We live in a West Seattle farmhouse that was built in the 1920s. Over the decades the fruit orchards that surrounded it were removed and replaced with houses—most of them in the 1940s, some in the 70s. The interior suffered many bad remodels, and was restored a couple of years ago by the previous owner, just before we moved in. He lovingly scraped away layers of paint to reveal the original grain in the thick molding of local Douglas fir. Glued-down linoleum was peeled back, and the floors beneath it—more fir—were sanded and oiled. The kitchen was gutted and replaced, and the exterior was painted a pleasing shade of green.
We are grateful for all this work, as none of it sounds very fun to us. Turning to the kind of work that better suits us, we have ourselves embarked on what I like to think of as Restoration—Phase II. According to Eric Partridge’s etymological dictionary (one of my most treasured tomes), the word restore evolved from the Latin restaurare, meaning to give back something either lost or removed. How lovely! So in that spirit we are returning a chicken coop to the back yard of this home that once produced so much food and sweet fruit. A plum tree has been added, an Asian pear, and two little columnar apples. A sweetgum was replaced with an apricot tree (the sweetgum went to a good home). We’re expanding the vegetable garden, and adding cold frames for the Seattle spring. Meanwhile, as I enjoy my favorite pastimes–baking, knitting, sewing–I think of the women that inhabited this home in the depression years, and over the last century.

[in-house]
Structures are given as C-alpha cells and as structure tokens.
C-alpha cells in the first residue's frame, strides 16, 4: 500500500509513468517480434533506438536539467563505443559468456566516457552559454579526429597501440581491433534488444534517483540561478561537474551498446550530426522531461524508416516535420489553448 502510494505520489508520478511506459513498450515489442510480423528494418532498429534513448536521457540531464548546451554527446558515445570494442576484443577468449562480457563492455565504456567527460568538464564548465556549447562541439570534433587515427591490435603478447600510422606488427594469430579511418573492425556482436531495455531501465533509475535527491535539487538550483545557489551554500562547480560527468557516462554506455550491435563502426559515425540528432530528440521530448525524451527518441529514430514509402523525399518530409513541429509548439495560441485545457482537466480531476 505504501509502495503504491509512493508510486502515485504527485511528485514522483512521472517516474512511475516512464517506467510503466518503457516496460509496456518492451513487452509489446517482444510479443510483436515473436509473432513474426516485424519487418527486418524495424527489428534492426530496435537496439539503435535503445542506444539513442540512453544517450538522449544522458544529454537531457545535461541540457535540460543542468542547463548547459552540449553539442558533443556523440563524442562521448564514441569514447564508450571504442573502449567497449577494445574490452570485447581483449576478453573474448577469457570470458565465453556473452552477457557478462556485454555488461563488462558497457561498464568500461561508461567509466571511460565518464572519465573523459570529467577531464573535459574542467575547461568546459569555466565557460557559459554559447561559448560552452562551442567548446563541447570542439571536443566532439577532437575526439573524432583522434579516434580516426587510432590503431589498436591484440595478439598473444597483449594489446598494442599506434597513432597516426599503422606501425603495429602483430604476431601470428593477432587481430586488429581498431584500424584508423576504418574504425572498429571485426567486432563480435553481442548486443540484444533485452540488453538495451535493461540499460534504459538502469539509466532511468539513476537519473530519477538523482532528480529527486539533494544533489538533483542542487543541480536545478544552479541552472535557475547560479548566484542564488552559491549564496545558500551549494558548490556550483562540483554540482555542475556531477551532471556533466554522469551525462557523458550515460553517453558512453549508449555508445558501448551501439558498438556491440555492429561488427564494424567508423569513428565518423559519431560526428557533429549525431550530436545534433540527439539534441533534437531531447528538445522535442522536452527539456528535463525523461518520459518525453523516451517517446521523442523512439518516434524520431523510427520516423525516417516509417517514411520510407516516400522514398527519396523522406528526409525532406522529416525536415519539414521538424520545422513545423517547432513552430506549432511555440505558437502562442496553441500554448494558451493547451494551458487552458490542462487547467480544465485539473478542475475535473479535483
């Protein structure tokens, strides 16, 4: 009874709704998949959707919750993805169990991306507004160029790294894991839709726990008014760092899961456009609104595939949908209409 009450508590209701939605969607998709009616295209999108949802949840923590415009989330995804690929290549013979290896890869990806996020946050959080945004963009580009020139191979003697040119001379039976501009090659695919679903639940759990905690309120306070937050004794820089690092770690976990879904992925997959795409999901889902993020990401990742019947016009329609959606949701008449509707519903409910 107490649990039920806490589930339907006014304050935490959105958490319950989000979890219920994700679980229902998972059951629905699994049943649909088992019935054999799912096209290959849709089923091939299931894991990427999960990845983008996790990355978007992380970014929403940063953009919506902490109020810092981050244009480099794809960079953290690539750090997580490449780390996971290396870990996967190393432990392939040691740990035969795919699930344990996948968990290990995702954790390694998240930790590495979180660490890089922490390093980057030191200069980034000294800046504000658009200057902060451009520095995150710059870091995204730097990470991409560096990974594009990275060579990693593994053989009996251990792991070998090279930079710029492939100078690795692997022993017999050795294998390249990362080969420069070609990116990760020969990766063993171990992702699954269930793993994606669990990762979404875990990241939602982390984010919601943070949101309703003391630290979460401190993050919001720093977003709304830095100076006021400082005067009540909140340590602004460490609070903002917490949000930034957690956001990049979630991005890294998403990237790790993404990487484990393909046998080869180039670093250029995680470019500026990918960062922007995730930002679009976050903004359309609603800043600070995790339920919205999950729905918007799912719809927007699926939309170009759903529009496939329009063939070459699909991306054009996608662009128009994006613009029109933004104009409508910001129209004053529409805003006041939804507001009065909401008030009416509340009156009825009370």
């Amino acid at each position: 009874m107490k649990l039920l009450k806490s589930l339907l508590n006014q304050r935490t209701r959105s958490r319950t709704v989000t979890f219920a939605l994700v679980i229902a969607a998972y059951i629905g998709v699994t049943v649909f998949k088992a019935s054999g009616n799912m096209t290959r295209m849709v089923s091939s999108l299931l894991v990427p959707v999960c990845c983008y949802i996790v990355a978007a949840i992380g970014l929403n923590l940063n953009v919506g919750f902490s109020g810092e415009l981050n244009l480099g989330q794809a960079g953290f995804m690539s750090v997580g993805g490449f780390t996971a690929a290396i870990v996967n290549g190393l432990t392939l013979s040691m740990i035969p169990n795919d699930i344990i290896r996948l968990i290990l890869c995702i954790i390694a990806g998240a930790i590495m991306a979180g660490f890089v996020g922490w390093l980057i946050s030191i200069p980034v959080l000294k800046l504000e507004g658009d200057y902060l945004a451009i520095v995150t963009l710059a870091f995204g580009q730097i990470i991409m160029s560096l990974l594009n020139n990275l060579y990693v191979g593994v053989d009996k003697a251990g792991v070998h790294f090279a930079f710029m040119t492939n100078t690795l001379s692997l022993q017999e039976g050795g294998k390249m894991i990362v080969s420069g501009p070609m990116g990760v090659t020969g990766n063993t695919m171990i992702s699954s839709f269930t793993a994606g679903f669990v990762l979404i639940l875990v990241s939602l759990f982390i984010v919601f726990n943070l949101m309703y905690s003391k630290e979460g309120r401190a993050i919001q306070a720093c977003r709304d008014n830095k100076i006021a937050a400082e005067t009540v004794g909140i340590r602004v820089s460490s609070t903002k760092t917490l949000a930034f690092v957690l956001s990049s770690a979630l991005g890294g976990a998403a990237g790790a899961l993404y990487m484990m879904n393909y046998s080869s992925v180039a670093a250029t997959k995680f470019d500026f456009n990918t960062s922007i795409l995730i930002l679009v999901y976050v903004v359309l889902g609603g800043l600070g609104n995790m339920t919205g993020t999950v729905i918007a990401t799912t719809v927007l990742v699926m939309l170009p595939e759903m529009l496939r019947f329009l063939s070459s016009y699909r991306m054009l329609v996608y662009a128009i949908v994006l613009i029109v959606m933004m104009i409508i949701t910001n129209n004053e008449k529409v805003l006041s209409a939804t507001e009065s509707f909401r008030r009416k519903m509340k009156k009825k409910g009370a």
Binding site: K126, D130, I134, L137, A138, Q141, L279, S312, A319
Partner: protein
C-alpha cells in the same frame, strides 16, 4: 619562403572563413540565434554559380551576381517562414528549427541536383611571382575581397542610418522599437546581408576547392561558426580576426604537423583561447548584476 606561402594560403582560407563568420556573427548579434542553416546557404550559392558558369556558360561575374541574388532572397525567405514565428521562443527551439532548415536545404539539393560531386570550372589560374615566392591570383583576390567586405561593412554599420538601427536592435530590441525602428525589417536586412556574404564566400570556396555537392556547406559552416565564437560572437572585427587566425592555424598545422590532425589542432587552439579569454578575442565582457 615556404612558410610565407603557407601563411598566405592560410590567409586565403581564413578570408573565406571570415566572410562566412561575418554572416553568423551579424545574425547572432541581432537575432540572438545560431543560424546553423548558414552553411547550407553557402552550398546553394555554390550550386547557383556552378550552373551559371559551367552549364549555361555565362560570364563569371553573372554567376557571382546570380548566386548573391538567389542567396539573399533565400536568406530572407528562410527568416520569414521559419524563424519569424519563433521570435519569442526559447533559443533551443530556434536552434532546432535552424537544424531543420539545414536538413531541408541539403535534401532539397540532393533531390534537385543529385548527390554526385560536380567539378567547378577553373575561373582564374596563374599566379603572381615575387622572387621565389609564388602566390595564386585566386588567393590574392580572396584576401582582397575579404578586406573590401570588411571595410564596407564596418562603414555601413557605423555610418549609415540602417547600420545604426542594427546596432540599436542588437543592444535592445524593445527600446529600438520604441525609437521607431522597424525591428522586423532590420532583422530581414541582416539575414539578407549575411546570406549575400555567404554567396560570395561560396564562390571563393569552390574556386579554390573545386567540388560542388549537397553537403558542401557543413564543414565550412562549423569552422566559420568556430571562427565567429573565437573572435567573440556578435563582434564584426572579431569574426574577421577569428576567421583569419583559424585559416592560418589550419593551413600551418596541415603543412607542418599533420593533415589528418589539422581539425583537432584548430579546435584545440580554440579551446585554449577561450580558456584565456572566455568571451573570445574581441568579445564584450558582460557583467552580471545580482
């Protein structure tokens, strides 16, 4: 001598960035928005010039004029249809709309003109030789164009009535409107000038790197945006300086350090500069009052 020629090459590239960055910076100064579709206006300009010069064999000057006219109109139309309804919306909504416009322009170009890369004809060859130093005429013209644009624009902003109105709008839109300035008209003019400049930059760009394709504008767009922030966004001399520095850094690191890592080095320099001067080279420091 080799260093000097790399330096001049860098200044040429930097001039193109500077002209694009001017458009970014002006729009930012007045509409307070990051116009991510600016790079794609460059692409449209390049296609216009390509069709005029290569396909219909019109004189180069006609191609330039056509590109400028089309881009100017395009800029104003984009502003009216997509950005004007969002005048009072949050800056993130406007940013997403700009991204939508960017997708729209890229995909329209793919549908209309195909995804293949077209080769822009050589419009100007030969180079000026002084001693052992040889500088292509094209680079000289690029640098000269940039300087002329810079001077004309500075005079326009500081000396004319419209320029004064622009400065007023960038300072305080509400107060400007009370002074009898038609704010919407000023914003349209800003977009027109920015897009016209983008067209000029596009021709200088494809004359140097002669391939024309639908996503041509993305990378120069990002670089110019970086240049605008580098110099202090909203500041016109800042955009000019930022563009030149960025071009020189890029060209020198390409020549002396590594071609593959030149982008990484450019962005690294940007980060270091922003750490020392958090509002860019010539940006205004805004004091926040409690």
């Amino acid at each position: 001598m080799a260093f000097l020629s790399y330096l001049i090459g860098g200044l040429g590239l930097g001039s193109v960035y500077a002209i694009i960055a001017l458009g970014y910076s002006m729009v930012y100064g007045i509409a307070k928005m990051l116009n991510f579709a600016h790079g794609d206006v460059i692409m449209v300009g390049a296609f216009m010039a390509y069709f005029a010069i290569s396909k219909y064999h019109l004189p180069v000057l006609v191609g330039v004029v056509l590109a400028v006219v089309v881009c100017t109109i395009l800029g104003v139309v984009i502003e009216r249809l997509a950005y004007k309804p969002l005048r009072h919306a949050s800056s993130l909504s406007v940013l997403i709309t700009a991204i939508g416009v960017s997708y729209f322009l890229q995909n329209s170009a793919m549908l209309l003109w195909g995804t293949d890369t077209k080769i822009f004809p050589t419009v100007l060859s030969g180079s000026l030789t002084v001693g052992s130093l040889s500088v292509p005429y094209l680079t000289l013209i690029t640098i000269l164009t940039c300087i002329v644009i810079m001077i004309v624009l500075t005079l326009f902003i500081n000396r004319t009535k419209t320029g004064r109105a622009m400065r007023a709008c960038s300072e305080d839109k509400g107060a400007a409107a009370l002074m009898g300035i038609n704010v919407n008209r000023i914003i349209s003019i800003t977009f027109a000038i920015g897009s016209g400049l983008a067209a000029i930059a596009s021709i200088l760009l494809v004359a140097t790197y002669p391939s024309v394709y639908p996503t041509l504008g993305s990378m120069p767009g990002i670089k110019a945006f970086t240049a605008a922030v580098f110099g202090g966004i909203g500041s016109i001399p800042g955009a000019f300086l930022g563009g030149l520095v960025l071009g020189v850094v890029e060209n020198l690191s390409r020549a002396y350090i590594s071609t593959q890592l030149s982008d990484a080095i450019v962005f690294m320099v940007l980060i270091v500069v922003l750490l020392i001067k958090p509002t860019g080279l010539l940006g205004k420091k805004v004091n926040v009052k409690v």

So often we think of restoration as an aesthetic endeavor, but expansively it can be so much more. We can remember that even our small yards constitute “land,” and begin to give back to this land its “lost” innate fertility.
Many cities have archived photos of historical homes–contact your city clerk’s office for info. In Seattle, search our city’s historical home census online.